You have an emergency survival bag, and maybe a day bag for dealing with every day situations, but do you have a walk-away bag?
Not every one needs one, that's true. But if you're in a situation where you feel you might have to leave your life, go far away, and start over again quickly, maybe you would need one.
Walking away from your life sounds good in a variety of difficult situations. It isn't always the right answer, but sometimes, it's the only answer.
I have walked away from my life 4 times, completely rebooting it. There were a variety of reasons. .
Restarting your life from scratch is scary the first time you do it. After that, it's not so bad. All the bug-a-boos about walking away and starting over are (mostly) laid to rest. And there's nothing preventing you from reaching back to re-connect with those things you liked about your former life once you settle into your new one, if you're not evading a stalker, anyway.
Of course, there are a few situations where a total severance is the only acceptable thing and re-connecting is just not possible - the witness relocation program is one such permanent severance. Leaving a highly abusive home life or a situation where you are being stalked are others. If you fear for your life or the lives of dependents in your care, sometimes, walking away is the only viable answer.
If your neighborhood becomes too unsafe to live in any more, and efforts to make it safe are meeting with resistance or hostility (it's happened), sometimes leaving quickly and permanently is the best answer.
Leaving to avoid responsibilities (child support, as one example), to commit fraud (life insurance scams, for one example), or to avoid the consequences of potentially criminal actions (accused of embezzlement, for example) are not valid reasons to start a walk-away bag.
The most common reasons for a walk-away bag is domestic abuse/being stalked, followed by an unsafe neighborhood. The rest of the reasons are pretty low on the list. Personal safety, the safety of dependents, those top the list for needing a walk-away bag. You'd have one because a larger, more obvious bug-out-bag, one that would be used in emergency evacuations or other dire situations where you hope to return, would clue the person/people you are escaping from into your plans. They might then prevent you from implementing your escape.
What you'd need for a walk-away bag are:
A bag. Obviously. It needs to look like - and probably be - a bag you frequently carry. Your purse, a school book bag, a briefcase, a computer carry bag. It needs to look too small to be seen as something you could use to re-start your life somewhere else.That's it. This is kind of meager, but you don't want it to look like you're moving out. In some situations, that can trigger all kinds of violence.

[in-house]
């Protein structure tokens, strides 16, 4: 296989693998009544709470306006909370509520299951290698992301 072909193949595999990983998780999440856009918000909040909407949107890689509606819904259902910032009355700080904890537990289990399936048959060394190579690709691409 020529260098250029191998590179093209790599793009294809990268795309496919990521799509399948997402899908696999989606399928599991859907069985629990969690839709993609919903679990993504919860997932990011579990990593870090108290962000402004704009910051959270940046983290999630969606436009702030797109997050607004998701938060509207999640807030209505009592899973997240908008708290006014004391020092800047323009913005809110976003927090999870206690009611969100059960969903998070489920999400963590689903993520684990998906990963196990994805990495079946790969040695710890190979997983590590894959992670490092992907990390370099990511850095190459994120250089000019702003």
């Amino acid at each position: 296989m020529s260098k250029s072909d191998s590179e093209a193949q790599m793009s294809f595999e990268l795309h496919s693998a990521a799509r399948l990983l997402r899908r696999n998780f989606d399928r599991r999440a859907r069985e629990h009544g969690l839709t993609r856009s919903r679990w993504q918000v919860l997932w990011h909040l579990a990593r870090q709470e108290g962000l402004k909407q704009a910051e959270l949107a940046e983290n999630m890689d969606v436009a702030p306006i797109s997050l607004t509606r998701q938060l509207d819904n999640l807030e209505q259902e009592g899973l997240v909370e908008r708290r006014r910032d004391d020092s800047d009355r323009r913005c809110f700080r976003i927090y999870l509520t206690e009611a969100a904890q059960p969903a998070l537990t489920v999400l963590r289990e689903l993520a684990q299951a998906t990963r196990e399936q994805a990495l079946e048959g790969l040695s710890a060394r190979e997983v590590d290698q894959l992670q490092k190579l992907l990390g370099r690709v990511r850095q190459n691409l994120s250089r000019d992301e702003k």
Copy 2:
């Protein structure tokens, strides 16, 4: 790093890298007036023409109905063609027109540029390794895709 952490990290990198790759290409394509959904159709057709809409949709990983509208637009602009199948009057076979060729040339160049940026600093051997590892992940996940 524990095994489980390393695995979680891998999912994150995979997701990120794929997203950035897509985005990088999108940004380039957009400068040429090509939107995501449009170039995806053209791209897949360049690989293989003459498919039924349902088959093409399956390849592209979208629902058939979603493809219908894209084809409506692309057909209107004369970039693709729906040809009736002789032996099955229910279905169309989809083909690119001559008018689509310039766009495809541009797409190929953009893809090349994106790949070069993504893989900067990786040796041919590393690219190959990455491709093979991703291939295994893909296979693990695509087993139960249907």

Cash. Lots of cash. As much as possible. If possible, set up a bank account with an out-of-town bank and keep this information hidden - an ATM/Debit/Credit card tied to that account and the card kept well-hidden (more important in stalker/domestic abuse situations than other ones).
Small jewelry and other small pawnable items (again. mostlyin stalker/domestic abuse situations, or where you also have to leave your job - or spend time getting one if you've been a stay-at-home spouse for a long time).
Original documents if possible (birth certificate, marriage and divorce papers, driver's license, passport, voter registration card). Photocopies so you can later get new originals will help if you don't have access to the originals (mostly in domestic abuse situations).
A new, prepaid cell phone (paid for with cash) and a new SIM card with no phone numbers on it. Keep phone numbers the old fashioned way - written in a small "little black book" or memorized (again, this is mostly for stalker/domestic abuse situations).
A thumb drive with all of your computer files backed up on it.
Maintain your normal routine as much as possible. Go shopping, to school, to work, to visit family members. Carry the walk-away bag with you everywhere, so people get used to seeing you with it. You can disguise your necessities with non-essentials like pages of shopping and to-do lists, tissues, half-used toiletries, greeting cards, pens, packages of mints, straws, napkins....things that act as "filler" and hide the real essentials.